Yuengling certainly is the best cheap beer I’ve ever had. It makes you appreciate Philly metro a little more–it’s on tap everywhere around here.
If you didn’t go hit up Grgich Hills, Tim, you really missed out.
My grandmother and grandfather on my mothers side were from the coal-cracker region of Northeast PA not far from where Yuengling is brewed, and their doctor actually told them that one bottle of Yuengling Porter a day was good for their heart.
They lived to 88 and 86 respectively, and while i’m not saying the Porter was the reason why, maybe he was onto something.
Of course, the problem for me would be stopping after one bottle, since i’ve probably had enough of them by the age of 33 to equal to one bottle a day until i’m 88, or more like 188.
Yuengling is pretty damn nice quaffing beer (says the biased Canadian chick). I had some for the first time last summer in a sweet little joint near Darien Lake NY and was pretty happy with it.
OTOH, the beer I associate most strongly with Pennsylvania is something I discovered when I was on a camping trip with friends near Pittsburgh *mumble* years ago. We went skinny dipping one afternoon and quickly came to the conclusion that the stuff in the “Red White and Blue” cans was probably just filtered river water.
Mary, if a fellow Canuck says it’s good beer, then that’s all the endorsement I need. :)
Tim, thank you for the lovely description of those wines…my mouth is watering.
BTW: what would you recommend (under $20, please), to go with Vietnamese/Thai fusion?
For good cheap beers, when I live in L.A., I used to drink a lot of Henry Weinhard’s. Now that I’m Chicago, that’s a role filled by Leinenkugels.
St. Supery? Rutherford? Turnbull?
Man… next time you come out, let us know. There’s so much to love in Napa, and those three are near the bottom of the list imho. So if you liked those, there’s a whole more for you to discover!
Beyond Grgich, which is indeed quite nice, there’s required visits to Plumpjack, Silver Oak, Duckhorn and Stag’s Leap. Pricey… yes, but required tasting. Then there’s the nice, more tempered prices of unique places like Casa Nuestra, Ehler’s Estate and Pina for out of the way wine only sold in Napa.
Heck, even Peju Province is better than Str. Supery (imho) when it comes to less expensive fare. And it was right next door. Finally of course, there’s V. Sattui and Oakville Grocery to browse on a whole vareity of wines from the region.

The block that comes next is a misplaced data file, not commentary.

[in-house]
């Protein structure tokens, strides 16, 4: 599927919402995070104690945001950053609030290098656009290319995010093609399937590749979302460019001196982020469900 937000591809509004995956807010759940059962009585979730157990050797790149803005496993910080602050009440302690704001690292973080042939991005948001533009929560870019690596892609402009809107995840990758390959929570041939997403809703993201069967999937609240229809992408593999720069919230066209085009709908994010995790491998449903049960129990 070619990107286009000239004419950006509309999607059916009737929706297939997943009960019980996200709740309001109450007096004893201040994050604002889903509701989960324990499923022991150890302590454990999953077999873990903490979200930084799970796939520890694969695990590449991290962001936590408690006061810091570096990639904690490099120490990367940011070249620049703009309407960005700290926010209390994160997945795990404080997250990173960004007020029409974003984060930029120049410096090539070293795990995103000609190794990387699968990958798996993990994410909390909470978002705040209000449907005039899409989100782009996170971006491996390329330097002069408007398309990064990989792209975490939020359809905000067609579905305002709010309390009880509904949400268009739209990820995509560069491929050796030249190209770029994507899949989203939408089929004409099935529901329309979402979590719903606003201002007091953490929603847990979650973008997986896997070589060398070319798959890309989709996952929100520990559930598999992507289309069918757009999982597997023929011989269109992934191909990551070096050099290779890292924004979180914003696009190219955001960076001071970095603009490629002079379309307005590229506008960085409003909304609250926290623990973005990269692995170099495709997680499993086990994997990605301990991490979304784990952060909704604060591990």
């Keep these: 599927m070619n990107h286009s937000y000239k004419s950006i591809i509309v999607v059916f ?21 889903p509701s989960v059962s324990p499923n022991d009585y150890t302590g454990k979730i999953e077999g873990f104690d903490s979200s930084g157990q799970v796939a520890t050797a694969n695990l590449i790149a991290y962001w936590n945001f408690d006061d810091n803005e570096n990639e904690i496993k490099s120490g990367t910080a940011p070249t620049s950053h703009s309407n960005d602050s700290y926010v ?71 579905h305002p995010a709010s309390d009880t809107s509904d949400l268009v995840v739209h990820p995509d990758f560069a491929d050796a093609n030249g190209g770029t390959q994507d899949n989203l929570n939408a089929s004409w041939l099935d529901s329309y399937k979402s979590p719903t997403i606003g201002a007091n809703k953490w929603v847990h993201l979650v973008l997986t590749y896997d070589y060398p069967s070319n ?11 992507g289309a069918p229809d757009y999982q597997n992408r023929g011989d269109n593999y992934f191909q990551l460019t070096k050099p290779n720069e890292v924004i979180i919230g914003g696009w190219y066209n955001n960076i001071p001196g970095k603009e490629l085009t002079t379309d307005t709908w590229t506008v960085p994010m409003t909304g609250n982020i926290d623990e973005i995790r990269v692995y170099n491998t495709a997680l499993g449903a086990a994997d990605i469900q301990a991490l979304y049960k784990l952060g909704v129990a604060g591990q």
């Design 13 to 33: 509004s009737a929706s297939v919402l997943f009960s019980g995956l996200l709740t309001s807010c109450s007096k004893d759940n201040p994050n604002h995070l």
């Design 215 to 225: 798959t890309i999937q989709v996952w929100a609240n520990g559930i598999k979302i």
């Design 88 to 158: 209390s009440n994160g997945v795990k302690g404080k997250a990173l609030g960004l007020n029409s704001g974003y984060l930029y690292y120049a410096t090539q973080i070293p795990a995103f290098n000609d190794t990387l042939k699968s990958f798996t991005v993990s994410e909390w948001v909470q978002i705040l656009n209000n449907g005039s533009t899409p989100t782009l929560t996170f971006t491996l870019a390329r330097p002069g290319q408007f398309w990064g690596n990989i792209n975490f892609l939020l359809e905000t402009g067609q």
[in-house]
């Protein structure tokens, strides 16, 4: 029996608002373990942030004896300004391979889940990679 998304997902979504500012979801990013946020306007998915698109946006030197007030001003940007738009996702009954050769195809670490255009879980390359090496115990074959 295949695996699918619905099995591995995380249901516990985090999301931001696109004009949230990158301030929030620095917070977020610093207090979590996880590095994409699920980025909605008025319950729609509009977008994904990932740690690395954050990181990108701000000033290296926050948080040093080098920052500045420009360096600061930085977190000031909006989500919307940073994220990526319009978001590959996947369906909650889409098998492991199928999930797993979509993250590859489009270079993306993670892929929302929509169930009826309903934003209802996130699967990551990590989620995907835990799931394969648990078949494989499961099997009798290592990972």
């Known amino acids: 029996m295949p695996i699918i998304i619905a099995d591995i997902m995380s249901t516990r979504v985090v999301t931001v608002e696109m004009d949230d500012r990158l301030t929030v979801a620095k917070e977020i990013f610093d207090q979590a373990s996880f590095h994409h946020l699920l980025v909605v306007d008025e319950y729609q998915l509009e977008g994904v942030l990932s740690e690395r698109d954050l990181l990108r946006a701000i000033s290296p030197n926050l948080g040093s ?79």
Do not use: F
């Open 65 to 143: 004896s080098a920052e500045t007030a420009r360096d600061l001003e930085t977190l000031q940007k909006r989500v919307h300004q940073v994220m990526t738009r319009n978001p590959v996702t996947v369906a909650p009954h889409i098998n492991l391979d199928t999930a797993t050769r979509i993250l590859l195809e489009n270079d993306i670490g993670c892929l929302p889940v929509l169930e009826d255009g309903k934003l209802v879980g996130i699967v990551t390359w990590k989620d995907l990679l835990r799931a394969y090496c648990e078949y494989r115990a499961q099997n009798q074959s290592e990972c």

Ah well… make sure you get to the right spots next time! Even if you only have a short amount of time spend there.
Ah TimF, offering another entry all blog consumers can enjoy.
Phillip J. Birmingham
Yuengling is nothing to sneeze at, but for inexpensive regional beers, Leinenkugel’s from Chippewa Falls, WI gets my vote. A case used to ship with every Cray, if I remember correctly.
One winery that I’ll allow to go nameless decided for some ungodly reason to uncork a 1991 Cab for tasting. I had nightmares for a week.
That’s a shame… there are plenty of California Cabs that respond outstandingly to that much aging. The early-to-mid-’90s Opus One and Pahlmeyer I’ve had have been amazing. (The Pahlmeyer’s not sold as a Cab, but that’s the primary grape.)
J. Michael Neal
Leinie’s Original Lager only, I presume. All of the other Leinenkugel’s products (Honey Weiss and so on) are just expensive Miller products that rent the Leinie’s name.
The great thing about the upper Midwest (Minnesota and Wisconsin in particular) is that there are a number of good, cheap beers to pick from. Leinie. Grain Belt. Schell’s. Point. James Page. Pig’s Eye. I’m sure there are some other wisconsin ones I’m not familiar with.
And, we get some great premium beer at less than microbrew prices, most notably Summit. And the world’s best craft beer manufacturer is the Kalamazoo Brewing Company, whose products can now be found on tap in the Twin Cities.
It’s a fine place to be.
Spot on Tim…Yuengling is indeed the best lo-budget brew around. Also in that league of cheap but good brews is Saranac.
I really like the Yuengling Ale. This isn’t the cheapest beer, either. Most ales are heavy to me, but this one is more crisp. So it’s $5-6 per six pack. If you want to pay $7-9 per six of imports which are considered crap in their home country, go right ahead. Besides the turn of the last century (1900), this is the best time for beer drinkers. I can’t understand anyone drinking beer from a large brewery bacause of all of the quality small breweries. I’m in Sierra Vista, AZ and go to Trader Joes’s in Tucson for their in-house micro brew. It’s made for them by some brewery in Oregon and they have an excellent Bock, Heffeweizen, and two kinds of Lager; Vienna and Bohemian. Plus they are only $6!